Details about the attacks are sparse, but at least three MSPs that use Remote Monitoring and Management (RMM) software from Kaseya and Webroot have been compromised, and the attacker(s) have infected customer systems with ransomware as a result. The MSPs appear to have not been protecting their RMM systems with multifactor authentication (MFA), which made the compromises much easier to pull off.
MSPs with more than a couple of customers need a way to monitor and manage their customers’ systems from a central console. Trying to administer each system individually would be an insurmountable task. That’s where RMM software comes in—it provides the MSP with a way to efficiently and effectively carry out its monitoring and management tasks in a centralized fashion.
The danger, of course, with this centralized approach is that if an attacker were to compromise the RMM system itself, he or she could obtain unmitigated access to the MSP’s customers’ networks and systems. That appears to have been what happened here. It’s still too early to say, but the attacker(s) likely targeted MSP employees with phishing messages, tricked one or more into disclosing credentials, and then used those credentials to log into the RMM.
If that’s in fact what happened, what could these MSPs have done differently to prevent it? To start, requiring MFA in order to log into their RMM systems would have made it far less likely for these attacks to succeed. MFA adds a secondary factor—often a push notification to an app on a device in the physical possession of an authorized user—to corroborate that a login attempt is in fact authorized. In other words, it’s asking, “Hey, I just saw your username trying to log into this system. Was that legit?” The login succeeds only if the authorized user answers in the affirmative.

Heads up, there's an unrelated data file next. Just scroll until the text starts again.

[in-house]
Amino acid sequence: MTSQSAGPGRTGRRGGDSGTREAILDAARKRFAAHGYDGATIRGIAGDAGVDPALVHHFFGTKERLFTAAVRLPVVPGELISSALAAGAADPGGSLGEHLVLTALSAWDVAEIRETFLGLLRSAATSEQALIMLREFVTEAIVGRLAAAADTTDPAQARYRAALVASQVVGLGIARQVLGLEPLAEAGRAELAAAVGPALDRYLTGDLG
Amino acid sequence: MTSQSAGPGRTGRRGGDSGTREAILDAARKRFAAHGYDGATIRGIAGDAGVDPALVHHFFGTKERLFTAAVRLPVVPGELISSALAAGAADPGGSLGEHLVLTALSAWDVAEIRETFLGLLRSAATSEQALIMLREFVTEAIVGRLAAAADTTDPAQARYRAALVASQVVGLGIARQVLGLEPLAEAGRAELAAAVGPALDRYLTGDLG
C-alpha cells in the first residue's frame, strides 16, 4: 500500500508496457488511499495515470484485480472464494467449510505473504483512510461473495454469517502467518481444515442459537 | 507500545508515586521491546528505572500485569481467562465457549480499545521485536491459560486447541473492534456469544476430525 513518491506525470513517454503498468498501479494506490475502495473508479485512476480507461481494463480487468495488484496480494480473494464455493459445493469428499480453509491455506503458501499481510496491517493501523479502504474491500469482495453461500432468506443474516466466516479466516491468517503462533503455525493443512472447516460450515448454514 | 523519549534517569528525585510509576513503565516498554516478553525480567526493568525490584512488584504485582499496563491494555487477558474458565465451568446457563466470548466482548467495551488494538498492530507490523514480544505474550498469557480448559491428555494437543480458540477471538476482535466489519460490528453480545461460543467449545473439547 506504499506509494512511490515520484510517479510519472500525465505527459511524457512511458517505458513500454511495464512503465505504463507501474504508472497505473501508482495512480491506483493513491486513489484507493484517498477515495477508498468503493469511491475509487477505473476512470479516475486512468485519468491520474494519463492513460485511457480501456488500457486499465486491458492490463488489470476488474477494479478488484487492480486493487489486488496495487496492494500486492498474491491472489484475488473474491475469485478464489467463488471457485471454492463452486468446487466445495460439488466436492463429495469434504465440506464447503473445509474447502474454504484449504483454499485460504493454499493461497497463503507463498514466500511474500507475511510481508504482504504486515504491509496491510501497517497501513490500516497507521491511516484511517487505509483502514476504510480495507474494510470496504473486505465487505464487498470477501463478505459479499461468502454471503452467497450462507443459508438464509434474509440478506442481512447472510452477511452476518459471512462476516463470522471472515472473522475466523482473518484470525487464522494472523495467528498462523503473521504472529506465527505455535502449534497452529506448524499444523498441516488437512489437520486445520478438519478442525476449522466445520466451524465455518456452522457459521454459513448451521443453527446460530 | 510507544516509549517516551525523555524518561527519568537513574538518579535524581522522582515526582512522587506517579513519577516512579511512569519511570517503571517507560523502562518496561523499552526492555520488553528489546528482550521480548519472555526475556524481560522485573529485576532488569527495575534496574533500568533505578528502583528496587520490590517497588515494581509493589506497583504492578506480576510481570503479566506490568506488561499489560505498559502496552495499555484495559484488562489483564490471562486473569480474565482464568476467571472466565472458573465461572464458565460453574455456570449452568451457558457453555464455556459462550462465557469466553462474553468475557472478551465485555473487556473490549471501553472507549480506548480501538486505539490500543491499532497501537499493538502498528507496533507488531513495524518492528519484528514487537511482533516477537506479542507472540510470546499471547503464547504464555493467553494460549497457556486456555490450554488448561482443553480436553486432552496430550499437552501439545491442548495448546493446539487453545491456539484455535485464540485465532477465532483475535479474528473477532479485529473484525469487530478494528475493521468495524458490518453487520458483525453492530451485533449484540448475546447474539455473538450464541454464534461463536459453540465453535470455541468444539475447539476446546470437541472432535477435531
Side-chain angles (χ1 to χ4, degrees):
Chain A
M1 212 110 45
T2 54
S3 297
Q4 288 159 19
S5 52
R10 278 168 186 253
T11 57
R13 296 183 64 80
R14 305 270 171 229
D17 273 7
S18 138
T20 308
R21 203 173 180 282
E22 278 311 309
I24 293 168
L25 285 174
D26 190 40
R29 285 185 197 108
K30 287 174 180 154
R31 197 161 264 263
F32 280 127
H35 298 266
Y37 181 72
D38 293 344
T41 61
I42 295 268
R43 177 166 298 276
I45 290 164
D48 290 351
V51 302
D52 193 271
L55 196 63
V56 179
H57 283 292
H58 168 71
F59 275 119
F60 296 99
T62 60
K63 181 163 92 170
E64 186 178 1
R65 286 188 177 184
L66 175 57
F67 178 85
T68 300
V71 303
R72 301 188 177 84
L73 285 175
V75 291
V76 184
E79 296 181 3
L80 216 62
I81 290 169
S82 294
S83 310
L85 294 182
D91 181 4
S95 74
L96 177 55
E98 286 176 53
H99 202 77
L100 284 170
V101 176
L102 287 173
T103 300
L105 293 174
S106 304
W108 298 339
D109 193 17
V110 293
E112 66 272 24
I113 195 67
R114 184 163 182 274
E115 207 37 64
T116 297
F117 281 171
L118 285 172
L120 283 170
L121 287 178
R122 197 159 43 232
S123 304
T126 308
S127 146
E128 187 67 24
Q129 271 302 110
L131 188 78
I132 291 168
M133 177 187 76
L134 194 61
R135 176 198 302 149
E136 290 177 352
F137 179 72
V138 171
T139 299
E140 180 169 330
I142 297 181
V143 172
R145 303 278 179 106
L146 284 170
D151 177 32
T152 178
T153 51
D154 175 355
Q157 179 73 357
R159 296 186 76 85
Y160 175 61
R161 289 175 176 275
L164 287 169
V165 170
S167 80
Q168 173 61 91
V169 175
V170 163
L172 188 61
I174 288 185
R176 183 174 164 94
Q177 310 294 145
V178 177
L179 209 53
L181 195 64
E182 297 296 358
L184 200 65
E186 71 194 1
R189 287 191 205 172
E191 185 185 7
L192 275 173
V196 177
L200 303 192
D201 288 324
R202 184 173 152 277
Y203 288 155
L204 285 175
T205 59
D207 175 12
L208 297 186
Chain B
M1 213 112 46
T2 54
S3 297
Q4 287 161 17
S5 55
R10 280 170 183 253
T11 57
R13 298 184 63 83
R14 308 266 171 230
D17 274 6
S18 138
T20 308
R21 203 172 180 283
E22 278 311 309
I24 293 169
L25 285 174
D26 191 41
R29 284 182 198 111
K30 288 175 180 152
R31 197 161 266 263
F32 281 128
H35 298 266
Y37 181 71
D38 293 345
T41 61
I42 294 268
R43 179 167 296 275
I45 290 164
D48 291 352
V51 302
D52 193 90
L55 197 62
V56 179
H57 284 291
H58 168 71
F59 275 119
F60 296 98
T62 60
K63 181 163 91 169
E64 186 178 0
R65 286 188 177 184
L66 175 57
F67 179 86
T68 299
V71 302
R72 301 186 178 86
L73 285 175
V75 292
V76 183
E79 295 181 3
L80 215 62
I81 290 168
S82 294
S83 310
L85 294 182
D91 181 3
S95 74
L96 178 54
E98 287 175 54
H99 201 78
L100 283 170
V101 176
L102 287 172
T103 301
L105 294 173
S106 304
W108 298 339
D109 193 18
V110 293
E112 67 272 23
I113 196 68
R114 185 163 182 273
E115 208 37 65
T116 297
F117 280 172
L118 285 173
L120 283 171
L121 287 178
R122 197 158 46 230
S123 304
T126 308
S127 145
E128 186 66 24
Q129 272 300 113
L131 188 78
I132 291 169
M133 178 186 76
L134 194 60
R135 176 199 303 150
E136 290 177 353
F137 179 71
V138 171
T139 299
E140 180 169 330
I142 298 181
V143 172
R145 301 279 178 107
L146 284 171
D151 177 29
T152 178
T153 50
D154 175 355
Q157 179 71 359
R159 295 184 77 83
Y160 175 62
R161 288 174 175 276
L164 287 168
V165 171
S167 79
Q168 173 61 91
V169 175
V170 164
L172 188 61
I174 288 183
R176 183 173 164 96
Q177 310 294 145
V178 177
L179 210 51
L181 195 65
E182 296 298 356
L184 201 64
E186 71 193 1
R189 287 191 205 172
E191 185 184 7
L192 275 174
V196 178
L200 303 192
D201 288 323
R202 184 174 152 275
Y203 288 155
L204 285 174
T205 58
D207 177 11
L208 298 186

Now, MFA isn’t unbeatable. No security control is. But it’s easy and cost-effective to deploy (especially when compared to the cost of not deploying it). Sure, it requires users to separately acknowledge login activity (which takes a second or two), but it doesn’t degrade the experience. And after using it for a day or two, most users won’t think twice about the extra step.
And MFA isn’t just for MSPs. It has long since turned the corner from nice-to-have to mandatory, particularly for systems that are accessible from the Internet (think remote-access VPN, Office 365, SharePoint, and many others). The bad guys are poised to strike, and all they need is one stolen username and password. Without MFA, the odds of keeping them out are nil.
But back to the subject of this post. Surely these MSPs had been touting the benefits of MFA to their customers. Curious that they weren’t using it to protect their own systems. If you’re the customer of an MSP, wouldn’t you feel safer knowing they’re protected with MFA? And wouldn’t you want to protect your own systems with MFA, too?